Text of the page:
This is an opinion piece by Eric R. Byer, president and CEO of the National Association of Chemical Distributors. Views do not necessarily reflect those of Transport Dive.
Chemical distributors and countless other U.S. industries are all too aware our infrastructure is crumbling and desperately needs to be fixed.
For too many years, administration after administration has held out the promise of a major infrastructure package that would spur economic growth while helping nearly every industry sector more safely and efficiently move goods throughout the supply chain.
President Joe Biden unveiled the first part of his American Jobs Plan, an infrastructure proposal that covers a wide range of projects. It would invest in areas traditionally considered infrastructure, such as transportation infrastructure of all types (roads, bridges, ports, etc.), water services, electricity transmission, broadband and infrastructure resilience.
But the Biden blueprint also includes other proposals that significantly push the limits of what can be defined as "infrastructure," including affordable housing, home-based care for the elderly and disabled, electric vehicles, workforce development, research infrastructure, and more.
While we understand the desire for a sweeping bill, the importance of implementing common-sense transportation infrastructure improvements that promote U.S. competitiveness in our global marketplace cannot be overstated.
The most conservative of analyses, counting investments fitting the broadest definition of infrastructure, found that just under $750 billion – or roughly 40% – of Biden’s plan consists of infrastructure, making this bill so overreaching that it may not even make it through the Democrat-held Congress.
Congress should help keep trucking strong
This year has been challenging for supply chains. Logistics providers, shippers and other stakeholders have faced shortages of shipping containers, chassis and rail stock; shipping delays in our nation’s busiest ports; severe shortages of interstate truck drivers; and legacy anti-competitive rail practices — all threatening to grind our supply chain to a halt.
These issues are, in large part, a symptom of the lack of investment in our infrastructure. And they’re particularly challenging for chemical distribution, which is highly specialized, highly regulated and moves goods in a just-in-time environment. Distributors depend on a mix of trucking, cargo ships and rail to deliver products.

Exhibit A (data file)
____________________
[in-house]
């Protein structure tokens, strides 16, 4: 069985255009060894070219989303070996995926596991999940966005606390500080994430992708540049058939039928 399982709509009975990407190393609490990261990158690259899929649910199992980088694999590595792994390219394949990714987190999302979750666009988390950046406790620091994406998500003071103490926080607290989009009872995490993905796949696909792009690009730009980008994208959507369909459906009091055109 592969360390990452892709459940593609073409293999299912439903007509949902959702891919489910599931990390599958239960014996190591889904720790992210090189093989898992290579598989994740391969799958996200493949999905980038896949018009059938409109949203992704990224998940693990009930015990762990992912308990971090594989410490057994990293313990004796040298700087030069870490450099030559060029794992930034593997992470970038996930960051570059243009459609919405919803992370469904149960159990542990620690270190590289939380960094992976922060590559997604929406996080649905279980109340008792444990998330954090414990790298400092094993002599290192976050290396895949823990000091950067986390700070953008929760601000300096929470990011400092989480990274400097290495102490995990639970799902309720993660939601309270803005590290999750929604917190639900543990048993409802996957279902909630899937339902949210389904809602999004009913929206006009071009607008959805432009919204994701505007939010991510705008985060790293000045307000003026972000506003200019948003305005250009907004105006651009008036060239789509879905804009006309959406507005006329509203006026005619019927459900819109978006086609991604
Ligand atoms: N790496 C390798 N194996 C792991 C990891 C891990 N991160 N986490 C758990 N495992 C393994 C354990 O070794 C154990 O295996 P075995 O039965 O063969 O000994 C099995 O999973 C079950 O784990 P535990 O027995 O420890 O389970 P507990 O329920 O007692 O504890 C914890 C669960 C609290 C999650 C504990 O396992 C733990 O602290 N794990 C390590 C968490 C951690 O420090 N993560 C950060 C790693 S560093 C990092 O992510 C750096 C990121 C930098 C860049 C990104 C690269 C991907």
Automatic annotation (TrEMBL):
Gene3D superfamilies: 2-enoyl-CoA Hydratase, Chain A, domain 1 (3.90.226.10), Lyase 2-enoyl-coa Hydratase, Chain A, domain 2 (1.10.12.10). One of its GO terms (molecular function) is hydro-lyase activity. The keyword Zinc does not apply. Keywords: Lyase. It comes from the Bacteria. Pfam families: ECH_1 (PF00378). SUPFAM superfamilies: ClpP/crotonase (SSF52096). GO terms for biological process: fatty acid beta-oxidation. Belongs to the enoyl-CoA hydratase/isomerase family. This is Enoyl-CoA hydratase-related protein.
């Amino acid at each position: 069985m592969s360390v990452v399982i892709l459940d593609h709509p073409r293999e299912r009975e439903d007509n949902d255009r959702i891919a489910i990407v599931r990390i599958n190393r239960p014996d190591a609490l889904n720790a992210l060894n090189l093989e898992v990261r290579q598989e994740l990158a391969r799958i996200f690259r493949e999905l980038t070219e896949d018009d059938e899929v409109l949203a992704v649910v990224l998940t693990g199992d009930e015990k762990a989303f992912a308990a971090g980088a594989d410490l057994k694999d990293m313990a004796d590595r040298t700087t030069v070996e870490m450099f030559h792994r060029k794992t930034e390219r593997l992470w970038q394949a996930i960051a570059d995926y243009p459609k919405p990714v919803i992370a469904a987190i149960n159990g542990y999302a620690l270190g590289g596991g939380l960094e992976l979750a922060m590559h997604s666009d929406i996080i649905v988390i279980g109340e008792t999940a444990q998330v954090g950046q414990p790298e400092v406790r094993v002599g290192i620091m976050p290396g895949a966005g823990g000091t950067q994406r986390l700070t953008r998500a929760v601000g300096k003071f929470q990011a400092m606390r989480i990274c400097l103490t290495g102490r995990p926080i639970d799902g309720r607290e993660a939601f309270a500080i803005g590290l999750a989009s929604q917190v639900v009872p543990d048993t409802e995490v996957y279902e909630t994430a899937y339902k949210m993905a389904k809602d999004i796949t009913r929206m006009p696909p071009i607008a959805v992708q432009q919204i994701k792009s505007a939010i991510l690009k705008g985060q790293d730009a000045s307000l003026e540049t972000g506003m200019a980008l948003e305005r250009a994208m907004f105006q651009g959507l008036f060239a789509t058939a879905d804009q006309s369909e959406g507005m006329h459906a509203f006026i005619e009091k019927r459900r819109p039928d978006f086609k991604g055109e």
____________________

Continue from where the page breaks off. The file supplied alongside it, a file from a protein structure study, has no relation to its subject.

A strong trucking industry — which moves more than 70% of all freight in the U.S. — is key to keeping the U.S. competitive. And it requires healthy infrastructure that can help keep trucks on the road.
The current employment environment for truck drivers is reaching a critical point in which companies can no longer find qualified drivers to take the place of retirees. Legislation that would expand the pool of eligible drivers has been kicked down the road almost as long as an infrastructure package.
Enhanced infrastructure that keeps traffic flowing, allowing truck drivers to deliver more products more quickly and having more time at home, should help encourage current drivers to remain on the road and help attract a new generation to the industry.
Furthermore, while everyone agrees we need to fix our infrastructure (despite differing opinions on core priorities), few agree on how to pay for it. The Biden administration proposes a significant increase of the corporate tax rate from 21% to 28%.
Increasing the corporate tax rate on trucking companies and shippers that already pay one-third of the Federal Highway Trust Fund through these taxes may be going a step too far.
A strong trucking industry — which moves more than 70% of all freight in the U.S. — is key to keeping the U.S. competitive.
This infrastructure package would be funded on the backs of companies already contributing significantly to our nation’s traditional infrastructure through a myriad of fees, including the diesel fuel tax, the heavy vehicle use tax, a tire tax, and a federal excise tax paid at the purchase of every truck or trailer.
We join industries across America in urging our lawmakers to fix the transportation issues that can be dealt with in the near term. They must work across the aisle to address adequately our infrastructure challenges, so that we are able to advance realistic and workable solutions to these pressing problems. But they must fund these improvements in a way that fairly evens the financial burden.
We know that getting this right will put us all on better economic footing as businesses small and large embark on the hard work of recovering from the economic impacts of COVID-19
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